New content on Disney+ and HBO Max leads to huge increase in app installs

New content on Disney+ and HBO Max leads to huge increase in app installs
The safest way to view a movie these days is to watch it streamed on your phone or tablet. And since this content is usually exclusive to the app that is streaming this content, it is helping apps like HBO Max and Disney+ generate large numbers of new downloads from the App Store and Google Play Store. Consumers who subscribe to HBO via AT&T or subscribe to one of AT&T's best wireless plans get HBO Max for free.

Disney Plus, HBO Max see strong growth in installs after debuting new content


HBO Max set a single day record for downloads of the app this past weekend thanks to the opening of "Wonder Woman 1984." Distributed by AT&T's Warner Brothers studio, the film made its way to select theaters. It also debuted on the HBO Max app leading 554,000 new subscribers to install it over the weekend. That includes a single-day record of 244,000 downloads on Sunday alone. According to Apptopia, HBO Max has a total of 12.6 million subscribers; the app is available in the U.S. only. Half of those who signed up to HBO Max directly from AT&T watched the new Wonder Woman film on the very day that it was released. U.S. theaters took in $16.7 million in ticket sales for the super hero film during the same weekend. HBO Max is $14.99 when you pay each month. Sign up for six months in advance and you'll pay $69.99 with a 20% discount.


Meanwhile, one of the other streamers that had a great year along with Netflix and Peacock was Disney+. With kids stuck at home, Disney+ had the content to keep them entertained along with their parents. Sensor Tower reports that 2.3 million new consumers globally downloaded the app over the Christmas holiday. That was a 28% hike over the increase in downloads that Disney+ recorded the previous weekend. Pixar's well-reviewed feature film "Soul" started streaming on Christmas Day. In theaters around the world, "Soul" took in
$7.6 million in revenue, a fraction of what it would have earned if we weren't in the middle of a global pandemic. On the other hand, Disney would not have added "Soul" to Disney+ so quickly and most likely the streaming app wouldn't have gained so many new users. Disney+, which launched in November 2019, already has 87 million global subscribers. Verizon's unlimited subscribers get a free year of the service.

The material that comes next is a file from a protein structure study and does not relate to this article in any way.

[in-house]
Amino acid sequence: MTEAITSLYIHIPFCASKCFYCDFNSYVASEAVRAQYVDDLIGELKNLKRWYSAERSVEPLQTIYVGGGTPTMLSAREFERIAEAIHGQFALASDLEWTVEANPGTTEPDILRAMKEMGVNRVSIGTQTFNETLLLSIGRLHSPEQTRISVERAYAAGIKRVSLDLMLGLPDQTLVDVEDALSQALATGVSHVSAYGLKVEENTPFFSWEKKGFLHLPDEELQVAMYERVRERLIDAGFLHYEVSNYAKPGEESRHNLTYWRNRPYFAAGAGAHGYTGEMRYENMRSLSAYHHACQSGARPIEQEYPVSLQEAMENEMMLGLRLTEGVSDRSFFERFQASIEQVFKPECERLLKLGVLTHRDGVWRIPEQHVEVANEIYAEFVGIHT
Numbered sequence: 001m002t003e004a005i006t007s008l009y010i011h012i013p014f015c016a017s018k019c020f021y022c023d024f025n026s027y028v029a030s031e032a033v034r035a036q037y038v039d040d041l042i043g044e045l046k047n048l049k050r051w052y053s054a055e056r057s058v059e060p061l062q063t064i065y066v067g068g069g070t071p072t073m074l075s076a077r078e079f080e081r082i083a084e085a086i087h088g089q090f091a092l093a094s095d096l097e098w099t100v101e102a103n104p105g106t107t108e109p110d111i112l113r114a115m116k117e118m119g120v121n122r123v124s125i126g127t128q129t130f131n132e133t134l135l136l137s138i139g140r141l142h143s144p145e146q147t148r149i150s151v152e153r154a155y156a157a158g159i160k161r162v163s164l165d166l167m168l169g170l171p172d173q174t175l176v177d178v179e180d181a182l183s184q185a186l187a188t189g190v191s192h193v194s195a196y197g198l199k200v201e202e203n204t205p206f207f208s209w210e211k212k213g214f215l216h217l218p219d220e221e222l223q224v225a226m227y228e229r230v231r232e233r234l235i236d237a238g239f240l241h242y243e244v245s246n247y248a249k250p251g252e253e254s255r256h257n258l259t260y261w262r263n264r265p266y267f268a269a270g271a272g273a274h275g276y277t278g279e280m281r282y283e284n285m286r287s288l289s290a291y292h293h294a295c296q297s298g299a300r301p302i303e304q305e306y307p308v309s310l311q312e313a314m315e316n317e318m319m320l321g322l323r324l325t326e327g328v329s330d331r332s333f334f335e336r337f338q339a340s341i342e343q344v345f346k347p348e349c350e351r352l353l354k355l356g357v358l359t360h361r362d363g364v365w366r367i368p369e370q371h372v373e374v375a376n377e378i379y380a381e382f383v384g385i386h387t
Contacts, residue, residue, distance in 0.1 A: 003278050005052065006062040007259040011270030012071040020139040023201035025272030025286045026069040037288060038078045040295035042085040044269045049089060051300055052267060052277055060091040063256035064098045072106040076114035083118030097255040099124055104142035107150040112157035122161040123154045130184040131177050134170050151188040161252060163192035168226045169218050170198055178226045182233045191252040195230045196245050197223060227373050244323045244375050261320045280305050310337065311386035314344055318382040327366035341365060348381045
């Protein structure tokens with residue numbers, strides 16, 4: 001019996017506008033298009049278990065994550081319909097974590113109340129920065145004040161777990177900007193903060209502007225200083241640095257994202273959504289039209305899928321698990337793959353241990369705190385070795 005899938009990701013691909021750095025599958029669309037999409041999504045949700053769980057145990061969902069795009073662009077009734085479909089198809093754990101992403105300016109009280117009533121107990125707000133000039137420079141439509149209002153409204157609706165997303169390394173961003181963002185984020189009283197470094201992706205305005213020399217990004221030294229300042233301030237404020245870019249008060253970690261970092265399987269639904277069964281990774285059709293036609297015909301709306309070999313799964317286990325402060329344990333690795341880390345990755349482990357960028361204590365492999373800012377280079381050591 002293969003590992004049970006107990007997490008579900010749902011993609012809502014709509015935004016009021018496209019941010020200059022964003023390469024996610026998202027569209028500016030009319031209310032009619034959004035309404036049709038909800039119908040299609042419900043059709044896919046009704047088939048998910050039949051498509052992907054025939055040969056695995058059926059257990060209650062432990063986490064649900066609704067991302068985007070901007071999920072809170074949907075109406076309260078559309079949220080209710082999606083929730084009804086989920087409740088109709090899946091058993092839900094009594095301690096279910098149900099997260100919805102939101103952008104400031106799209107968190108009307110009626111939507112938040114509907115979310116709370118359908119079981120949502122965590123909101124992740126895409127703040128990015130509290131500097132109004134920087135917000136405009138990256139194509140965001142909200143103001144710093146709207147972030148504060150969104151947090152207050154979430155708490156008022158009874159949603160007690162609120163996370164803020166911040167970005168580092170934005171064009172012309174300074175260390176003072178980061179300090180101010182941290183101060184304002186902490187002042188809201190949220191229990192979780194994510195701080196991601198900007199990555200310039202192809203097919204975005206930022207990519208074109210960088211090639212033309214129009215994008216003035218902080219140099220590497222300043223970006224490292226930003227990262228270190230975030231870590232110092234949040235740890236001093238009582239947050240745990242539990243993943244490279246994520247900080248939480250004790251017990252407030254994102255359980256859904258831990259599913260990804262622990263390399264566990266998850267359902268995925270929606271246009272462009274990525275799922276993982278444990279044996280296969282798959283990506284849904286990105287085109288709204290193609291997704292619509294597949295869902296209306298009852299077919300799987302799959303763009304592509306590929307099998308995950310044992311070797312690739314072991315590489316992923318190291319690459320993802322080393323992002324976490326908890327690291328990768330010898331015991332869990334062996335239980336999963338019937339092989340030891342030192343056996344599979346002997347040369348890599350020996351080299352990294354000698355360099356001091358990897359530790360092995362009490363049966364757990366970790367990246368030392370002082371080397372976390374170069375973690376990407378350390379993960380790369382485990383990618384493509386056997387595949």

Disney, known for grabbing the consumer by the wallet and holding on until all of the money is gone, has actually priced its streamer at an affordable price. For $6.99 per month (or $69.99 for the year), four devices can stream the service at the same time. For $12.99 monthly, a bundle is available with Disney+, ESPN+, and Hulu.

On January 1st, one of the most popular streaming television shows will be jumping to HBO Max. "Friends" is leaving Netflix after HBO Max paid $425 million for the exclusive streaming rights to the comedy over the next decade.

NBCUniversal's Peacock, which has a healthy mixture of popular television shows and movies, debuted on July 15th and already has 26 million subscribers. There is a free ad-supported Peacock tier tier with limited programming. Peacock Premium is a paid tier that includes all programming (albeit with ads) that is free to Comcast subscribers. You can get a seven-day trial and when that expires, you'll pay $4.99 a month afterward to continue the service. For $9.99 a month, Peacock Premium Plus gives you everything on the Premium tier but without ads.

Starting January 1st, the first two seasons of "The Office" will be available to the free tier of Peacock while the Premium and Premium Plus tiers will stream every episode of the mockumentary. NBC paid $500 million for exclusive streaming rights to the show for the next five years. 

All three streamers are chasing number one, which of course is Netflix. The latter has the advantage of starting its streaming service back in 2007. Globally, Netflix had 167 million global subscribers at the end of last year. If anyone is going to make Netflix sweat down the road, it could be Disney+.

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